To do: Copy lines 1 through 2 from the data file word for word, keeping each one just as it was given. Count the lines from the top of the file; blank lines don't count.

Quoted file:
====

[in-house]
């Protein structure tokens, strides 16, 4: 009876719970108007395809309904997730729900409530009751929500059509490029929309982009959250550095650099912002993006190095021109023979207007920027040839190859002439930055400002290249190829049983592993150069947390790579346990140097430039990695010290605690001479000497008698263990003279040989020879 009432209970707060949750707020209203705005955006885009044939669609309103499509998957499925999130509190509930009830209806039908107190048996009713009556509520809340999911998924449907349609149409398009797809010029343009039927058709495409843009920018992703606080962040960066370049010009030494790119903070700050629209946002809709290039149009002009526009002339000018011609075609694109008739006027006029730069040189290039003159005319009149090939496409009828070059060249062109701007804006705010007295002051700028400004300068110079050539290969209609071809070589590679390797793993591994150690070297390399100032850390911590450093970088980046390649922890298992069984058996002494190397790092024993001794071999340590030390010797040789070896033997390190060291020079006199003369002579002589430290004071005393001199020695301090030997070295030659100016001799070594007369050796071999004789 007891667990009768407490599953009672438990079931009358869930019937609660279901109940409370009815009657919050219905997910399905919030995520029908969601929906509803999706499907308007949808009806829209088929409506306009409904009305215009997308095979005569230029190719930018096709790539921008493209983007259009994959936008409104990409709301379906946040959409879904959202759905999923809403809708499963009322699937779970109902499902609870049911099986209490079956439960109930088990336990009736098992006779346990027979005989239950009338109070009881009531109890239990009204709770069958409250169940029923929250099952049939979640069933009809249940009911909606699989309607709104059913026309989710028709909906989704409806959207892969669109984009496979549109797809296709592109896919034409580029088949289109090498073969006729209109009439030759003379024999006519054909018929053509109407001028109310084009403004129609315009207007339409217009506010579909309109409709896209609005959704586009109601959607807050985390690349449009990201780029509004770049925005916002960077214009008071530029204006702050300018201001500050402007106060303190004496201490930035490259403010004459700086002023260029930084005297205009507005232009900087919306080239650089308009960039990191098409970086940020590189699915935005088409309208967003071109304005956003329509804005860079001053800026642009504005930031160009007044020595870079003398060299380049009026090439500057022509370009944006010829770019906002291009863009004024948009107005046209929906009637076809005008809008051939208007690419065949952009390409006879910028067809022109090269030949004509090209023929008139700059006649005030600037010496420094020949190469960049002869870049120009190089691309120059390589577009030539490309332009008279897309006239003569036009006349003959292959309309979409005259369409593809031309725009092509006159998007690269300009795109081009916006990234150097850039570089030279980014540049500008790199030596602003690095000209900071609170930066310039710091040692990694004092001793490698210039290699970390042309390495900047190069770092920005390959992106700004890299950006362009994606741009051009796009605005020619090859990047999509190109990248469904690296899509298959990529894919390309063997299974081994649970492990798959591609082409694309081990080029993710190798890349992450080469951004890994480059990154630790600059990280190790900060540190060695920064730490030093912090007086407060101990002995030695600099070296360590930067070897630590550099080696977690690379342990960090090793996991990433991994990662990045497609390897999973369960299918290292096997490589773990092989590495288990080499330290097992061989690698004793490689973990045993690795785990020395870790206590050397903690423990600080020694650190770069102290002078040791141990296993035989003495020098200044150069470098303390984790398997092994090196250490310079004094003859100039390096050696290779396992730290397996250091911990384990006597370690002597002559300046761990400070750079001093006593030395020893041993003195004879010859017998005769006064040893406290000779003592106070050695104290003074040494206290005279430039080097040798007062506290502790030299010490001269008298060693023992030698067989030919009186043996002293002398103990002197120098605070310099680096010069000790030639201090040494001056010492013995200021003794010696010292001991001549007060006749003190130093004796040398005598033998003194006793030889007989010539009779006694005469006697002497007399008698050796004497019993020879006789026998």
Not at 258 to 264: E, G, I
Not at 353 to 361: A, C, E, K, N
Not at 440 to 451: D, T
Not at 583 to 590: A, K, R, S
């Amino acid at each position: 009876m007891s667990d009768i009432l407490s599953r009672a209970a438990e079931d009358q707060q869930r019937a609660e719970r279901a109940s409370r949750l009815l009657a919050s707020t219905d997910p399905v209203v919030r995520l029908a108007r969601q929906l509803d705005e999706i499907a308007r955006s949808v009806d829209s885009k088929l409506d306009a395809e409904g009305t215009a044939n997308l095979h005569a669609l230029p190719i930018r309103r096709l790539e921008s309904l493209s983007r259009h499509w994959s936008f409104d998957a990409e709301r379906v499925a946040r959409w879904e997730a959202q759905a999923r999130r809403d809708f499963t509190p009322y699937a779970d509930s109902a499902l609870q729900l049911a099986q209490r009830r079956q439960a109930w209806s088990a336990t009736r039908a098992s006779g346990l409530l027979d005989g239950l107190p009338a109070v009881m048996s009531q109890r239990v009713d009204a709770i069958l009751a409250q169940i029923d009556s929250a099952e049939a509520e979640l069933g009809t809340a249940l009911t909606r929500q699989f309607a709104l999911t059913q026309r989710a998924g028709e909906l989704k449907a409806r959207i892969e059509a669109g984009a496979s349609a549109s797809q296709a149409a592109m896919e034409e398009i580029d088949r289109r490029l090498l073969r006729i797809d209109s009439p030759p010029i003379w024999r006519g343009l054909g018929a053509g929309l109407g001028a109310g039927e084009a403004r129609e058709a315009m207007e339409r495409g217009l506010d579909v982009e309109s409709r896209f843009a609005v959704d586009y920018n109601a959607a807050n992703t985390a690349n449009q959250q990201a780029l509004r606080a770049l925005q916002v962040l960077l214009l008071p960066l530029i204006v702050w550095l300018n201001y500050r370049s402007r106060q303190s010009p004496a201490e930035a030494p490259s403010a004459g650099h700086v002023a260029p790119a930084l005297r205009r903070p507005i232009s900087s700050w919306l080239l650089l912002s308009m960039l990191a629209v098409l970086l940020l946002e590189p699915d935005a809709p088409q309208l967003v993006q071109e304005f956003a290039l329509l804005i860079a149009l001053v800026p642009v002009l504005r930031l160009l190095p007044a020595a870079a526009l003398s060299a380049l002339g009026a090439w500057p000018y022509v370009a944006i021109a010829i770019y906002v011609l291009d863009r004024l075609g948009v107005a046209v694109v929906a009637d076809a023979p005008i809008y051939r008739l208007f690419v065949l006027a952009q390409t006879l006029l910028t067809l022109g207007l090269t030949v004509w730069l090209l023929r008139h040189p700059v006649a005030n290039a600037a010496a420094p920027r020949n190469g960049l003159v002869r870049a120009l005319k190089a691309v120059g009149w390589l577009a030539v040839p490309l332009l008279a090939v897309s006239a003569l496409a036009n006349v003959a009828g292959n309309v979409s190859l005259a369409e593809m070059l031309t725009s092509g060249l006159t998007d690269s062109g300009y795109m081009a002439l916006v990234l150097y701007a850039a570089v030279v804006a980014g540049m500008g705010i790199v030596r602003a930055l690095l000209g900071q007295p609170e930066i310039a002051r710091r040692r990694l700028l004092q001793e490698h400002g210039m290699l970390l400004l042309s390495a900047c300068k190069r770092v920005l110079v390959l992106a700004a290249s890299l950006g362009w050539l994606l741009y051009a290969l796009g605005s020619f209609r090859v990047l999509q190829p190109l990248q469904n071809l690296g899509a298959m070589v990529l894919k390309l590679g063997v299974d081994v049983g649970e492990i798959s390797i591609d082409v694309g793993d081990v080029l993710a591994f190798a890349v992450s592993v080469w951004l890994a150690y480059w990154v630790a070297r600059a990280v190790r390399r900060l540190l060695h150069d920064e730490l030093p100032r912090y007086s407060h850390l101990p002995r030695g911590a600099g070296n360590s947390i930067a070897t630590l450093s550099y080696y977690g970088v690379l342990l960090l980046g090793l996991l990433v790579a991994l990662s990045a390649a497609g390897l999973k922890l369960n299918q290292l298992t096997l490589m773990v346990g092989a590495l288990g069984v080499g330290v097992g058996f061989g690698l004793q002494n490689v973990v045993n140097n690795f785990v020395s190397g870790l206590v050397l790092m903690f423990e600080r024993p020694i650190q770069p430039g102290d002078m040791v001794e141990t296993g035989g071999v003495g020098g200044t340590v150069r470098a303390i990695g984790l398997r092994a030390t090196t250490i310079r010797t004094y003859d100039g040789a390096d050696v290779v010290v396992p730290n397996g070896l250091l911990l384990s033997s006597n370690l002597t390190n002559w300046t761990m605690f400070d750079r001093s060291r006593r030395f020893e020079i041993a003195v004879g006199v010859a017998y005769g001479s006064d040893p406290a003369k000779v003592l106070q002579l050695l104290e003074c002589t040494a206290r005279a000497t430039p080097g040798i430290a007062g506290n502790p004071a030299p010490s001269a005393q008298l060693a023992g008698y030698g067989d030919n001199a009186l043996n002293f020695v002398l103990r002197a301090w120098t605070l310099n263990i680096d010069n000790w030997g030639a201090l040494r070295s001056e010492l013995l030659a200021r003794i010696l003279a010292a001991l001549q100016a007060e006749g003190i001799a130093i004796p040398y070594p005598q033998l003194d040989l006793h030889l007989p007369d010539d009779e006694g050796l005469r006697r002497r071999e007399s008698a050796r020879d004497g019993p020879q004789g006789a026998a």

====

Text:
[in-house]
């Protein structure tokens, strides 16, 4: 009876719970108007395809309904997730729900409530009751929500059509490029929309982009959250550095650099912002993006190095021109023979207007920027040839190859002439930055400002290249190829049983592993150069947390790579346990140097430039990695010290605690001479000497008698263990003279040989020879 009432209970707060949750707020209203705005955006885009044939669609309103499509998957499925999130509190509930009830209806039908107190048996009713009556509520809340999911998924449907349609149409398009797809010029343009039927058709495409843009920018992703606080962040960066370049010009030494790119903070700050629209946002809709290039149009002009526009002339000018011609075609694109008739006027006029730069040189290039003159005319009149090939496409009828070059060249062109701007804006705010007295002051700028400004300068110079050539290969209609071809070589590679390797793993591994150690070297390399100032850390911590450093970088980046390649922890298992069984058996002494190397790092024993001794071999340590030390010797040789070896033997390190060291020079006199003369002579002589430290004071005393001199020695301090030997070295030659100016001799070594007369050796071999004789 007891667990009768407490599953009672438990079931009358869930019937609660279901109940409370009815009657919050219905997910399905919030995520029908969601929906509803999706499907308007949808009806829209088929409506306009409904009305215009997308095979005569230029190719930018096709790539921008493209983007259009994959936008409104990409709301379906946040959409879904959202759905999923809403809708499963009322699937779970109902499902609870049911099986209490079956439960109930088990336990009736098992006779346990027979005989239950009338109070009881009531109890239990009204709770069958409250169940029923929250099952049939979640069933009809249940009911909606699989309607709104059913026309989710028709909906989704409806959207892969669109984009496979549109797809296709592109896919034409580029088949289109090498073969006729209109009439030759003379024999006519054909018929053509109407001028109310084009403004129609315009207007339409217009506010579909309109409709896209609005959704586009109601959607807050985390690349449009990201780029509004770049925005916002960077214009008071530029204006702050300018201001500050402007106060303190004496201490930035490259403010004459700086002023260029930084005297205009507005232009900087919306080239650089308009960039990191098409970086940020590189699915935005088409309208967003071109304005956003329509804005860079001053800026642009504005930031160009007044020595870079003398060299380049009026090439500057022509370009944006010829770019906002291009863009004024948009107005046209929906009637076809005008809008051939208007690419065949952009390409006879910028067809022109090269030949004509090209023929008139700059006649005030600037010496420094020949190469960049002869870049120009190089691309120059390589577009030539490309332009008279897309006239003569036009006349003959292959309309979409005259369409593809031309725009092509006159998007690269300009795109081009916006990234150097850039570089030279980014540049500008790199030596602003690095000209900071609170930066310039710091040692990694004092001793490698210039290699970390042309390495900047190069770092920005390959992106700004890299950006362009994606741009051009796009605005020619090859990047999509190109990248469904690296899509298959990529894919390309063997299974081994649970492990798959591609082409694309081990080029993710190798890349992450080469951004890994480059990154630790600059990280190790900060540190060695920064730490030093912090007086407060101990002995030695600099070296360590930067070897630590550099080696977690690379342990960090090793996991990433991994990662990045497609390897999973369960299918290292096997490589773990092989590495288990080499330290097992061989690698004793490689973990045993690795785990020395870790206590050397903690423990600080020694650190770069102290002078040791141990296993035989003495020098200044150069470098303390984790398997092994090196250490310079004094003859100039390096050696290779396992730290397996250091911990384990006597370690002597002559300046761990400070750079001093006593030395020893041993003195004879010859017998005769006064040893406290000779003592106070050695104290003074040494206290005279430039080097040798007062506290502790030299010490001269008298060693023992030698067989030919009186043996002293002398103990002197120098605070310099680096010069000790030639201090040494001056010492013995200021003794010696010292001991001549007060006749003190130093004796040398005598033998003194006793030889007989010539009779006694005469006697002497007399008698050796004497019993020879006789026998």